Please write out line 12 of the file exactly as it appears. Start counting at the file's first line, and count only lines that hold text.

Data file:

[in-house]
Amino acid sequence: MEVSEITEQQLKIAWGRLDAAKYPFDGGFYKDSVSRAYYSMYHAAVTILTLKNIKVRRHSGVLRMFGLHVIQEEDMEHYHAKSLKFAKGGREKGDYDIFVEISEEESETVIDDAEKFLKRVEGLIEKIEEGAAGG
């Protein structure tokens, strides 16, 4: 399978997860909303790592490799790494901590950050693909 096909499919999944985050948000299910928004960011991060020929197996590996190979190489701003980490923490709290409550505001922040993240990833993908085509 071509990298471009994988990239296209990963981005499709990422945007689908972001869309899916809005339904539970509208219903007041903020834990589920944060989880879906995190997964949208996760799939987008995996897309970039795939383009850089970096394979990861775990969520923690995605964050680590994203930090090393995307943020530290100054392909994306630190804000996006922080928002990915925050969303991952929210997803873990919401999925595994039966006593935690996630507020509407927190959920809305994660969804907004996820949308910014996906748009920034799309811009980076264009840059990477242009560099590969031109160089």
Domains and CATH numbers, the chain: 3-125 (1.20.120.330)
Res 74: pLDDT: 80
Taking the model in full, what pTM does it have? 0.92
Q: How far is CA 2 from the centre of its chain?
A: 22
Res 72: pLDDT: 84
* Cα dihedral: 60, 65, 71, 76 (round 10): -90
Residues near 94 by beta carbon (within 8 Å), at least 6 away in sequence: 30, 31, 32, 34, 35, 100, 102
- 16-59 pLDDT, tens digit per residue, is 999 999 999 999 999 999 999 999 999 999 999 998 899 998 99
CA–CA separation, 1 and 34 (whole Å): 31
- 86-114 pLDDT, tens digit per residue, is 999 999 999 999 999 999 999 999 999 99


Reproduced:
- 16-59 pLDDT, tens digit per residue, is 999 999 999 999 999 999 999 999 999 999 999 998 899 998 99